By Shirley Hawkins
LOS ANGELES — As a child, Angeles Echols-Brown dreamed of being an actress, conquering the silver screen and dazzling audiences from the Broadway stage.
After she moved from her Tennessee home to New York in search of fame, fortune and stardom, she was never able to forget the words of her mother.
“She would always say, ‘Education is the only way out of the projects,” Echols-Brown recalls. “She always stressed the value of education.”
Echols-Brown heeded her mother’s advice and enrolled in Cornell University where she earned a bachelor’s degree in psychology, with an emphasis in child development and human behavior.
After graduating and working in both New York and Los Angeles, Brown discovered her love of teaching.
“I loved tutoring young people,” Echols-Brown said. “I realized that when the acting and singing jobs were few and far in between, I could always find a teaching position.”
She found a job teaching at Trinity Lutheran, a small private school. “The principal at Trinity Lutheran asked if I would work with some students after school,” she said. Echols-Brown developed a program for inner-city students that continued to grow in popularity. It was then that Echols-Brown realized the enormous need for tutoring services for underserved students.
For more than 34 years, Echols-Brown has tutored thousands of underserved and at-risk children through her nonprofit organization Educating Young Minds. The organization has helped countless community youth to graduate from high school as well as to enroll and graduate from colleges and universities.
The nonprofit has a 100% high school graduation rate and 82% of its students have graduated from four-year colleges and/or universities.
Educating Young Minds students have graduated from Stanford, New York University, Cornell, UC Berkeley, Morehouse, Dillard, Tuskegee, USC, UCLA, University of Hawaii, Spelman, Drexel, Columbia, Howard University and UC Irvine, along with many other colleges and universities.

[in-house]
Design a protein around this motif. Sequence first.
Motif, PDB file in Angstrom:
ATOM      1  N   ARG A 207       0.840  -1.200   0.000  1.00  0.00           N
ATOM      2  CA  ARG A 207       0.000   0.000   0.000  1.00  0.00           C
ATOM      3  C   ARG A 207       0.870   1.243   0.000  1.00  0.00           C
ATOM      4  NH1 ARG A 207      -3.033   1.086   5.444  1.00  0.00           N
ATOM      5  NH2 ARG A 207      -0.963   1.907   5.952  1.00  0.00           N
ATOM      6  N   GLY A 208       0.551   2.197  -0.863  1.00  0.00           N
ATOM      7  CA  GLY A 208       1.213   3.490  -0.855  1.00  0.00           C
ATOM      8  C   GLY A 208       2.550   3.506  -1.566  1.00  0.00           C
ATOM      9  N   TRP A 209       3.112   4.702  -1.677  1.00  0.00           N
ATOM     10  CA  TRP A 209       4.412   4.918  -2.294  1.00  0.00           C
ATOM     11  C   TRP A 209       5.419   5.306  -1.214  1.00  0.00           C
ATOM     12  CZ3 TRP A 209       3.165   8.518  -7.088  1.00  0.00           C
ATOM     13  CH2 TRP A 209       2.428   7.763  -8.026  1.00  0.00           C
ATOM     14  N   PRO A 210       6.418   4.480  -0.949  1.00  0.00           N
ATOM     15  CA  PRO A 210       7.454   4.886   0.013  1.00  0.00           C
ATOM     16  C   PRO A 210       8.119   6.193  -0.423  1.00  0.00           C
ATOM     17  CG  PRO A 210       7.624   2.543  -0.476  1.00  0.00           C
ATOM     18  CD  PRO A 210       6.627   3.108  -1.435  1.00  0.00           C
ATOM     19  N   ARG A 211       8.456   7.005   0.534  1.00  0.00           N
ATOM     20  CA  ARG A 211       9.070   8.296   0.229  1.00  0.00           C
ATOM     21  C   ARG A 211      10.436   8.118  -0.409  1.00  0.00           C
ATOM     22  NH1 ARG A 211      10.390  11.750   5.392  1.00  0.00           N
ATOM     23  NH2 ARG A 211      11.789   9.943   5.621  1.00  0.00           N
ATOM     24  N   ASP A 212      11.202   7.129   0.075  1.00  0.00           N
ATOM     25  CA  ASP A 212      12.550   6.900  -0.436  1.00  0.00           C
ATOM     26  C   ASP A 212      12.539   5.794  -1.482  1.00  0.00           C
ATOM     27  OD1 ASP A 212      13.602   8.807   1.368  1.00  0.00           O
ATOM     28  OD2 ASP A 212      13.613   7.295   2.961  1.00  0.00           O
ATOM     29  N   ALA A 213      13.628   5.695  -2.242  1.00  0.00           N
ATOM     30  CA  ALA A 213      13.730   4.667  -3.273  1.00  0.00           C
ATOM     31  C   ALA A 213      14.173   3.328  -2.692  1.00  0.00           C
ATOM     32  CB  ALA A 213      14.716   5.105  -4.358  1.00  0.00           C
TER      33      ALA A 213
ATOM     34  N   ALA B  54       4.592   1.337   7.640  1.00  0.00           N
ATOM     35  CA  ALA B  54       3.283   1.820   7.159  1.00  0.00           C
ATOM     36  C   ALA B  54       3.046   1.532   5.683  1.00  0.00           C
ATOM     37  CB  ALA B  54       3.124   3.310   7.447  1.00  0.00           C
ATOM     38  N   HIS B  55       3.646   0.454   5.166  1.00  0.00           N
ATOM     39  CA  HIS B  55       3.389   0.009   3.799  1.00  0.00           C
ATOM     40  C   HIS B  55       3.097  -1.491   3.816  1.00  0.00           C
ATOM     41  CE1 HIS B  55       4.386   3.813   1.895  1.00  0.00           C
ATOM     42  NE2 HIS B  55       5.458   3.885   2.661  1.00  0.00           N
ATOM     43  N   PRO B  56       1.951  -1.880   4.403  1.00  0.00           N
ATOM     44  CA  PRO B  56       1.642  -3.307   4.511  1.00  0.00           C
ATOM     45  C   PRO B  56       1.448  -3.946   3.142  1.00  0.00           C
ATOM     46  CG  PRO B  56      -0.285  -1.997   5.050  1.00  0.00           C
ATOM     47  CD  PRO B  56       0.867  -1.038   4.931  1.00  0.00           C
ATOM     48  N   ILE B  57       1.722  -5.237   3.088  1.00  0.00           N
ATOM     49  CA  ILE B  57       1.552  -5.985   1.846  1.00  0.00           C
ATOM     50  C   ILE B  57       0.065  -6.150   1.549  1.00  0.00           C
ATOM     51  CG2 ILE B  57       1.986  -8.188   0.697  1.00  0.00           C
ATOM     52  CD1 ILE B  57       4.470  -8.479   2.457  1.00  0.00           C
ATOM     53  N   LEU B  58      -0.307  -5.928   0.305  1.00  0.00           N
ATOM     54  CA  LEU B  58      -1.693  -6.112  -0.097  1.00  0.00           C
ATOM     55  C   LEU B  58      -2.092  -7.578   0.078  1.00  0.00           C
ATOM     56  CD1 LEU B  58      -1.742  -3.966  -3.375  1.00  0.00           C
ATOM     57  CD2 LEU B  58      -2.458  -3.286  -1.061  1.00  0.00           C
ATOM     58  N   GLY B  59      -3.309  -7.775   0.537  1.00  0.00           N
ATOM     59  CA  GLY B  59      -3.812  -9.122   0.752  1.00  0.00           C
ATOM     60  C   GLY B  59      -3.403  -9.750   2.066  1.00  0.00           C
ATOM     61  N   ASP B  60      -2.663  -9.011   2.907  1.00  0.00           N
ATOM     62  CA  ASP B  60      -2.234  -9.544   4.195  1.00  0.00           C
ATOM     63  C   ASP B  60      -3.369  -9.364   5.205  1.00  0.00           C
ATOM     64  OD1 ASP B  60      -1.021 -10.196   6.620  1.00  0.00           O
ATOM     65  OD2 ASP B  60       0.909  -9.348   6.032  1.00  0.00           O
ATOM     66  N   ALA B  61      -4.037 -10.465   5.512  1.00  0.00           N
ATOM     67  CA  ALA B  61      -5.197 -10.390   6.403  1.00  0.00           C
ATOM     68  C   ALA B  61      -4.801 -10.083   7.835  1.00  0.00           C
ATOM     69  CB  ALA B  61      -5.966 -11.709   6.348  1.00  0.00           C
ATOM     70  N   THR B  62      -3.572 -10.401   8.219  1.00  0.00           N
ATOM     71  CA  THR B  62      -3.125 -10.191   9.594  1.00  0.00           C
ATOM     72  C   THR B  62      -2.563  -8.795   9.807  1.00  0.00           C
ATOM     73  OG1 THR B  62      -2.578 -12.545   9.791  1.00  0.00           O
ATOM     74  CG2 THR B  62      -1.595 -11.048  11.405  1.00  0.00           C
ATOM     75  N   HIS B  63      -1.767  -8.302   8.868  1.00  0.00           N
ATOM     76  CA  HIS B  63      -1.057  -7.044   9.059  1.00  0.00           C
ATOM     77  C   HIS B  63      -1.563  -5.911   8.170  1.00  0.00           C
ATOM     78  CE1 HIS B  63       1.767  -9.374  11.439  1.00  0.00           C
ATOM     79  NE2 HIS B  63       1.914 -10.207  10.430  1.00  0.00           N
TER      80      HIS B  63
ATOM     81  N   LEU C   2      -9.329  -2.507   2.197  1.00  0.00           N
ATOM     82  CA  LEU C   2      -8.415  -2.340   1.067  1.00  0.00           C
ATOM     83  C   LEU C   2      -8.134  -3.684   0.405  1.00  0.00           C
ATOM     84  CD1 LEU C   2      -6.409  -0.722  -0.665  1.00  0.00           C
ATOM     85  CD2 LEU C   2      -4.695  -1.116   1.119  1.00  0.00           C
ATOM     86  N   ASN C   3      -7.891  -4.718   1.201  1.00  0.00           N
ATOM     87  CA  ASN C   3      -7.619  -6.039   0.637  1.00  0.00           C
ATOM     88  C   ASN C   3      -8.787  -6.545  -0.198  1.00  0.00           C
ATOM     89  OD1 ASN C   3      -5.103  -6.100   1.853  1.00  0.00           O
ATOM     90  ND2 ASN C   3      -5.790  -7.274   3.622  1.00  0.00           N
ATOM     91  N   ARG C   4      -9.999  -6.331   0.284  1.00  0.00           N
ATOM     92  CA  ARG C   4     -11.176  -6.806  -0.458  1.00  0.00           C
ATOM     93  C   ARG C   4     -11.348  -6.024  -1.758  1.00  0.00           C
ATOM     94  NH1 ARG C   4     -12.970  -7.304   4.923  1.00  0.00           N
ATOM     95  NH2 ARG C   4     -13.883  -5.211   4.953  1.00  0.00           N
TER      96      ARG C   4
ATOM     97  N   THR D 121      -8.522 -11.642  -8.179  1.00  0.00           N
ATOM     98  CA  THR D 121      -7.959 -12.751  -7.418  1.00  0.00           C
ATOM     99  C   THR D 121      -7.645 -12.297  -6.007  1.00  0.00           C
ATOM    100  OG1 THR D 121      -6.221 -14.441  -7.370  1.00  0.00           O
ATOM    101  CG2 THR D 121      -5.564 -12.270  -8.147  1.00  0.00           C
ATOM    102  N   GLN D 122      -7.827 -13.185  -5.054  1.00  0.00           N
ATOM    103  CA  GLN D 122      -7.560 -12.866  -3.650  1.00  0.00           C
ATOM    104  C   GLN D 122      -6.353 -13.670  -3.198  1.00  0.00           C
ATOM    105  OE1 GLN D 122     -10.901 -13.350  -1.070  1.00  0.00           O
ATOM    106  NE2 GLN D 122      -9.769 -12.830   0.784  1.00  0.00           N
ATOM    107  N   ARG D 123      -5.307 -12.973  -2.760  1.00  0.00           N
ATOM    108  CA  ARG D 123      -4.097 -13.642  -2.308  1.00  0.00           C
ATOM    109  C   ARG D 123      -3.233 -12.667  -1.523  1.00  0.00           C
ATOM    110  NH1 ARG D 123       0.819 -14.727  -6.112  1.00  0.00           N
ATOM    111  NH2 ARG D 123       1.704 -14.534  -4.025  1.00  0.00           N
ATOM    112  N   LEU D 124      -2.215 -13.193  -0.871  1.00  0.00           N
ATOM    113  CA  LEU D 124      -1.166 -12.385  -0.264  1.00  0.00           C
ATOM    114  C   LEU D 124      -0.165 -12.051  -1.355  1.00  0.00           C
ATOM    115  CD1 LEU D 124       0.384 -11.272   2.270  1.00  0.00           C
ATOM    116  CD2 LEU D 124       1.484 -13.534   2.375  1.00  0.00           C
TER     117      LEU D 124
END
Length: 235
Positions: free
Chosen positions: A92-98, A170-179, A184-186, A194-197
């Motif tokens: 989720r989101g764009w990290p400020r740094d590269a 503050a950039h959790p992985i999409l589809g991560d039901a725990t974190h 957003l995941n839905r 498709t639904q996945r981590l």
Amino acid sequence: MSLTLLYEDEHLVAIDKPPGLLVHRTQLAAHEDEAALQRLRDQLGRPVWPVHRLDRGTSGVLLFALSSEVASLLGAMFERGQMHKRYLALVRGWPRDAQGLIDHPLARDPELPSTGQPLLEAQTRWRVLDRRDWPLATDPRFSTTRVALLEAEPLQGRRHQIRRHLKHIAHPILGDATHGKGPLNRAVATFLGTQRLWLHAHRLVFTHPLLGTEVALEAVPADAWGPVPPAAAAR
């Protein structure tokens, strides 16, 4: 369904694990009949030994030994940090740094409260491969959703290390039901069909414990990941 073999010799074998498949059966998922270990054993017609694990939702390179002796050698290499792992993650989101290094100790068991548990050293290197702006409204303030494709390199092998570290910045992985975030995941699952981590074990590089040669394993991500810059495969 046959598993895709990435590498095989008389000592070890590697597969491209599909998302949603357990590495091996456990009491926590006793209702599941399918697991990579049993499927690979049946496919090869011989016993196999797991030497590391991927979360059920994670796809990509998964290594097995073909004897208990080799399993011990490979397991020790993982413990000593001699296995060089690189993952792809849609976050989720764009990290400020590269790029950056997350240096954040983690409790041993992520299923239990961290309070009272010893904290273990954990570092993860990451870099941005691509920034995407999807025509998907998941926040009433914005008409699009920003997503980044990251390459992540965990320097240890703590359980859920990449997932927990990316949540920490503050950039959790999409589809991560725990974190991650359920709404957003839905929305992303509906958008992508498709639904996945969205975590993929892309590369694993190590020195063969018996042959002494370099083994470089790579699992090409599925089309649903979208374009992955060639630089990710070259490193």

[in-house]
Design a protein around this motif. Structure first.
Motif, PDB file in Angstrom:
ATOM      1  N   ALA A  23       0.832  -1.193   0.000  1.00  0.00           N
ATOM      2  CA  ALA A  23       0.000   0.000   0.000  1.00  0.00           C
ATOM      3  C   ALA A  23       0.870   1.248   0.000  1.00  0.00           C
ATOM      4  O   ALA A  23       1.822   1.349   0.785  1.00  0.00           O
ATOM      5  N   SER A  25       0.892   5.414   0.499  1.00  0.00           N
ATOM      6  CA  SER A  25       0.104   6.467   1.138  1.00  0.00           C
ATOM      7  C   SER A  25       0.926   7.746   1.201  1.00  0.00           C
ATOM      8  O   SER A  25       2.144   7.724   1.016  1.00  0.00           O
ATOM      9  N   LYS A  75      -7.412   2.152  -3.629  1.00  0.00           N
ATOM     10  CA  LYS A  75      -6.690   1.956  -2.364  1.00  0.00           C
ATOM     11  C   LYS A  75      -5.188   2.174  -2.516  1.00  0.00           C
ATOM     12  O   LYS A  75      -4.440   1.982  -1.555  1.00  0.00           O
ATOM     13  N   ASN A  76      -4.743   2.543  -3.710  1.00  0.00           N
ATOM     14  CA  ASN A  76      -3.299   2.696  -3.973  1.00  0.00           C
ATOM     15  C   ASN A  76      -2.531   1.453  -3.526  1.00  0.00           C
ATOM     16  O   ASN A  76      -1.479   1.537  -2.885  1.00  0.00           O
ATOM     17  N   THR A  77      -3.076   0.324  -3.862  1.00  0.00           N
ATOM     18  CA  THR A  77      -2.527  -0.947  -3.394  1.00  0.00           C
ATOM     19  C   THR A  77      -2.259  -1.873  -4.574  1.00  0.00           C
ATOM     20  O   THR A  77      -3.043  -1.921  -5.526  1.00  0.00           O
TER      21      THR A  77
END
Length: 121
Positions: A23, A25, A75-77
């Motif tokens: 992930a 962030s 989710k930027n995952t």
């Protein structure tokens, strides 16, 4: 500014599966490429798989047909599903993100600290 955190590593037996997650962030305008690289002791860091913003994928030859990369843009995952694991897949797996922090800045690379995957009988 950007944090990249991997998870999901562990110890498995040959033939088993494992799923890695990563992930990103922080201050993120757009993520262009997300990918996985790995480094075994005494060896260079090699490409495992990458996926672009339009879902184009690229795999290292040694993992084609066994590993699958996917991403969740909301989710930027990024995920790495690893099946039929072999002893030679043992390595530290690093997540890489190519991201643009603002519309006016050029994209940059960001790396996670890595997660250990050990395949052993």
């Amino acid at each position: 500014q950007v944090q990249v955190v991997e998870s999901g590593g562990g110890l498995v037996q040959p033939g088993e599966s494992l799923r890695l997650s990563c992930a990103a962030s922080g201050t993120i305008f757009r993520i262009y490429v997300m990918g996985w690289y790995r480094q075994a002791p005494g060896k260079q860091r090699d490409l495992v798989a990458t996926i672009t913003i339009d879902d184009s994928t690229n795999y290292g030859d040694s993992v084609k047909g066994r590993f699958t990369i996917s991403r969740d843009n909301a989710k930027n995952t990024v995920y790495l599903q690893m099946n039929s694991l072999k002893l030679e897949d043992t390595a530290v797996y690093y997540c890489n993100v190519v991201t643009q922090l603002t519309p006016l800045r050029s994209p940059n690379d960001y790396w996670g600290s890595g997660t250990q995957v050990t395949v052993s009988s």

After moving to Los Angeles, Echols-Brown began tutoring two children after school in her one-room apartment.
“After I paid the first and last months’ rent and bought a few groceries, I started Educating Young Minds with $50 dollars,” Echols-Brown recalls of her early beginnings.
It wasn’t long before word of mouth of her tutoring service spread and parents were flocking to her door asking her to tutor their children. Within months, students were overflowing in her tiny apartment.
“The students found creative ways to find places to study,” Echols-Brown said. “One young lady would grab a pillow and do her homework in the bathtub. Another young man used to hunker down on my balcony to study. Some of the girls would find spots on my bed to do their homework. I tutored young people in my apartment for seven years.”
“After much prayer and contemplation I decided to make Educating Young Minds my life’s work,” she said.
Educating Young Minds now offers eight programs with the following collaborative partners: Educating Young Minds/Ray Charles Tutorial Enrichment program is available to students pre-kindergarten through 12th grade; Access No Excuse Early Learners Online Curriculum; College Access and Life Skills with SAT Prep; Duke Media Film production, GRX Immersive Lab Technology; Career Webinars with Industry Leaders, the Banks Computer Tech, Tech Leimert with training and paid summer internships and mentoring and counseling.
Located on Crenshaw Boulevard, Brown’s nonprofit continues to dedicate itself to helping the community.